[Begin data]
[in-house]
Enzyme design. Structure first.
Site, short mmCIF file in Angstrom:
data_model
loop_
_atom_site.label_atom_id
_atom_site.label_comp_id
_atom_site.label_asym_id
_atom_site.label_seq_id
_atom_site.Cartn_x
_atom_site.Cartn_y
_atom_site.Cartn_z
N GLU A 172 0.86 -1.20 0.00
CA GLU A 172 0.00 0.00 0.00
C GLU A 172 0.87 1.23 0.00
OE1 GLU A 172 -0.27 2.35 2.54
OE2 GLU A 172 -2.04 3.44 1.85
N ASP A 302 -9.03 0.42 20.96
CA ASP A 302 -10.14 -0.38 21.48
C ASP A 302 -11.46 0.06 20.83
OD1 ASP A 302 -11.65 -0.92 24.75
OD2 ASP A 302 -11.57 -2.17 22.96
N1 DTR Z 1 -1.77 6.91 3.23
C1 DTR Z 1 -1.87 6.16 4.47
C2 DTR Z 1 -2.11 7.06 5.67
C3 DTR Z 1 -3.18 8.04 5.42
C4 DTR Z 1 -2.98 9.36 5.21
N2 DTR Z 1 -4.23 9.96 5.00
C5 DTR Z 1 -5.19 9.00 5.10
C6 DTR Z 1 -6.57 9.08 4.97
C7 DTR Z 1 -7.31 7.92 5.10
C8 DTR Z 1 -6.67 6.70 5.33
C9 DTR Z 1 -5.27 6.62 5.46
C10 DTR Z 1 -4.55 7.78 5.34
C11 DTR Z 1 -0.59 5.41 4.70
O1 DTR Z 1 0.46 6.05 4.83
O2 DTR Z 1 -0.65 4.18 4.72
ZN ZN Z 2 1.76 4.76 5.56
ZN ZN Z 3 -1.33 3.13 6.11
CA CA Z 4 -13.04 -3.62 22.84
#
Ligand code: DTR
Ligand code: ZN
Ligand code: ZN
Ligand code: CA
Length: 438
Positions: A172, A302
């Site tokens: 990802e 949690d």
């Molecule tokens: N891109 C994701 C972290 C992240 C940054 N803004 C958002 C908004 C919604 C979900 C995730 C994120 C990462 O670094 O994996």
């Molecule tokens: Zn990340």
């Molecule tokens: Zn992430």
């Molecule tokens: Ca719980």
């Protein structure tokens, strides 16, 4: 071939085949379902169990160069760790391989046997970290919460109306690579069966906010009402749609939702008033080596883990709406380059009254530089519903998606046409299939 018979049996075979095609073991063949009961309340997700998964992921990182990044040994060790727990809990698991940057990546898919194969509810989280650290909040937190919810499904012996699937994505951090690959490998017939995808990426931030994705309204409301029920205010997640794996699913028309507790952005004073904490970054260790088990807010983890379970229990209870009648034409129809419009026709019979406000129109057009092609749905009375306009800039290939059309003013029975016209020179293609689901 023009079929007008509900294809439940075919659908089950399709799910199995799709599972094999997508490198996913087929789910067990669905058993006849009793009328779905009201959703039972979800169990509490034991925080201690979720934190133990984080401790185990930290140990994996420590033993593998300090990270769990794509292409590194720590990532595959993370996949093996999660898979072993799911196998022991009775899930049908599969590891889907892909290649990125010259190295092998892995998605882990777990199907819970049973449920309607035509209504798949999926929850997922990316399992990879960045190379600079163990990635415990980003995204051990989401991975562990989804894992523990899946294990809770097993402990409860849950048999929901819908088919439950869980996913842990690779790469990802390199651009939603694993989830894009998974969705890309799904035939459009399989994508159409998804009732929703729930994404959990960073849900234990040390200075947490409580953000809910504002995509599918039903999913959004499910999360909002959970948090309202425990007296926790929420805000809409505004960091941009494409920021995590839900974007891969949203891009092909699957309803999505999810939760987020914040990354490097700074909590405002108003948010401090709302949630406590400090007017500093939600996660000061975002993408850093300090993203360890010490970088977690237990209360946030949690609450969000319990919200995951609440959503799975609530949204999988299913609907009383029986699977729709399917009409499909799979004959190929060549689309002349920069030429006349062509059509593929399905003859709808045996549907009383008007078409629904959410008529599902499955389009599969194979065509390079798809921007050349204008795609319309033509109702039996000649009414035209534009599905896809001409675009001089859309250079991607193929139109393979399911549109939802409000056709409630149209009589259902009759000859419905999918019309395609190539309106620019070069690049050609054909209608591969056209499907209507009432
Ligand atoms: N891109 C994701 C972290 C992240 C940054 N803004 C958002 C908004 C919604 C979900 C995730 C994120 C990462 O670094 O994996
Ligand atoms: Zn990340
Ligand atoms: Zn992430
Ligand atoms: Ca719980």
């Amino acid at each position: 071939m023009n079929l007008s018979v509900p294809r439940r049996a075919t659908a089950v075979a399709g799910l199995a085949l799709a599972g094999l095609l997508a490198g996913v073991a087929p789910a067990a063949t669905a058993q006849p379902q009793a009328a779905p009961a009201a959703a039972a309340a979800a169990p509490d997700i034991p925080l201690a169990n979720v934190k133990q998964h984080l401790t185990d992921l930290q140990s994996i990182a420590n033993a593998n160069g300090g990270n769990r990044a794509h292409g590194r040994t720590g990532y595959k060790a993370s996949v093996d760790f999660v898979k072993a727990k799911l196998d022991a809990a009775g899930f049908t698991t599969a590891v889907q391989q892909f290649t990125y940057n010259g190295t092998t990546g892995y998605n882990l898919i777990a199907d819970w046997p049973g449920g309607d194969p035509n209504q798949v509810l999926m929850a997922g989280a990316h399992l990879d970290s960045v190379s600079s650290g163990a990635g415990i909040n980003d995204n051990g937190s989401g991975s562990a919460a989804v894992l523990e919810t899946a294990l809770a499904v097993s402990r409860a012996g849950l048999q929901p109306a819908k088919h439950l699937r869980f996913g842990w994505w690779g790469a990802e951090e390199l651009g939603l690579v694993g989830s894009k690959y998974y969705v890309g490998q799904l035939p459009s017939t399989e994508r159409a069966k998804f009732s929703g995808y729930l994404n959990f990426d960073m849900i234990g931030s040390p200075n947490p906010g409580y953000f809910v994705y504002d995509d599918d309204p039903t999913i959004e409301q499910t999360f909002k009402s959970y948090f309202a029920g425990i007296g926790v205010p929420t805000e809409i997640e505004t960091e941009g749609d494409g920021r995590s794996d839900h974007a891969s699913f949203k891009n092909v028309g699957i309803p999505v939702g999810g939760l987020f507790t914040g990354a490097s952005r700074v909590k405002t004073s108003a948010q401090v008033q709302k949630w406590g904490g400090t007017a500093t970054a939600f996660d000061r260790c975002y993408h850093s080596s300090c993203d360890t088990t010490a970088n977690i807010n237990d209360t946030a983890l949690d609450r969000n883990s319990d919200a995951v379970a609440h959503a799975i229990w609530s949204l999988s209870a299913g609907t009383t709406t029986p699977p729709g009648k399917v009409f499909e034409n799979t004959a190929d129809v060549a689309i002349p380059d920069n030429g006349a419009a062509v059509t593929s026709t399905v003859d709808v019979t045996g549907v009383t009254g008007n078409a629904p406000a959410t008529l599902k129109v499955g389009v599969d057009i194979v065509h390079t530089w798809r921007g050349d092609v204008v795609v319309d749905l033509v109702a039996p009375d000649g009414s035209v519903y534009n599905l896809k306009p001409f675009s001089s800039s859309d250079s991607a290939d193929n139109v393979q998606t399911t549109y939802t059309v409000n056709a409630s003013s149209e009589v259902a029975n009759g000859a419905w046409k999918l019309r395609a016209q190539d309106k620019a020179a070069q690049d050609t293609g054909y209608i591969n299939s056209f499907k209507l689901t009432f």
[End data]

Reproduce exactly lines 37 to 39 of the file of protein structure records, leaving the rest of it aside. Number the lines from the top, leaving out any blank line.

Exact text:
O2 DTR Z 1 -0.65 4.18 4.72
ZN ZN Z 2 1.76 4.76 5.56
ZN ZN Z 3 -1.33 3.13 6.11